Gingival recession in young adults: Occurrence, severity, and relationship to past orthodontic treatment and oral piercing

Shimshon Slutzkey, Liran Levin

Research output: Contribution to journalArticlepeer-review

Abstract

Introduction: Gingival recession can be localized or generalized and associated with at least 1 tooth surface. As a result, gingival recession leads to root surface exposure, often causing esthetic impairment, fear of tooth loss, increased susceptibility for root caries, and dentin hypersensitivity. The prevalence, extent, and severity of gingival recession in a young adult Israeli population were evaluated, and the relationship between orthodontic therapy and other potential risk indicators and gingival recession was assessed. Methods: Our cohort included 303 consecutive healthy patients who had routine dental examinations at a military dental center. Information was collected regarding age, smoking habits, oral piercing, oral hygiene habits, and past orthodontic treatment. Clinical examination included visible gingival inflammation, visible dental plaque, and gingival recession on the facial aspects of all teeth. Results: Gingival recession was found in 14.6% of the subjects and in 1.6% of all examined teeth. The prevalence, extent, and severity of recession correlated with past orthodontic treatment. A negative correlation was found between plaque on the buccal tooth aspect and gingival recession. There was no correlation between gingivitis or smoking habits and recession. Prevalence was related to oral piercing. Conclusions: Gingival recession is not uncommon in young adults and is related to past orthodontic treatment and oral piercing. Patients undergoing orthodontic treatment or about to pierce the tongue or lips should be advised regarding these findings.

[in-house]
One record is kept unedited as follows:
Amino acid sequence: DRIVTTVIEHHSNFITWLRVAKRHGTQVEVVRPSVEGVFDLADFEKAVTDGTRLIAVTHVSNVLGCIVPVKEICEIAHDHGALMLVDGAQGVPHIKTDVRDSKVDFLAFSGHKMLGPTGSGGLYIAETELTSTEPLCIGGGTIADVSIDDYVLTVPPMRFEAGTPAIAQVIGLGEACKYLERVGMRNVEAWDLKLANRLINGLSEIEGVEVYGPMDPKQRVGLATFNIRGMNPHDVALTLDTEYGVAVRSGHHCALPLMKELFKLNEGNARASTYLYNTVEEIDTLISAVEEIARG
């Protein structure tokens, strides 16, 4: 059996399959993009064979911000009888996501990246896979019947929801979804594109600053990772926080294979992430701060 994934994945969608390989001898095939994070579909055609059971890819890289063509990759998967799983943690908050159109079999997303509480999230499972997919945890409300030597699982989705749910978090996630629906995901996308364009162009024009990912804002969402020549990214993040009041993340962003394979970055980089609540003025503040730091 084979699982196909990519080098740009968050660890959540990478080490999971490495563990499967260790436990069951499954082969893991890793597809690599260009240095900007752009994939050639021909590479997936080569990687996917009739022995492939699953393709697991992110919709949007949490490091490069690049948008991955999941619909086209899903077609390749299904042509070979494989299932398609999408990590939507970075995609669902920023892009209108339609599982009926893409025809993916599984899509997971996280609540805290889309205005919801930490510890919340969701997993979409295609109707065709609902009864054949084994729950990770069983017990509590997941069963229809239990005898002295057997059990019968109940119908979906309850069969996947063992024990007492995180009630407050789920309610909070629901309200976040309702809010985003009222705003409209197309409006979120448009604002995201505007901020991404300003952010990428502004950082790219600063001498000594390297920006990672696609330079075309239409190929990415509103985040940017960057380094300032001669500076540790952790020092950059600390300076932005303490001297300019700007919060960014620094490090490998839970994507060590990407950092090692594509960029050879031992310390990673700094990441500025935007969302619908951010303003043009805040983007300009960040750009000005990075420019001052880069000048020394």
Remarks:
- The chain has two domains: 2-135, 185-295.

Original languageEnglish
Pages (from-to)652-656
Number of pages5
JournalAmerican Journal of Orthodontics and Dentofacial Orthopedics
Volume134
Issue number5
DOIs
StatePublished - Nov 2008

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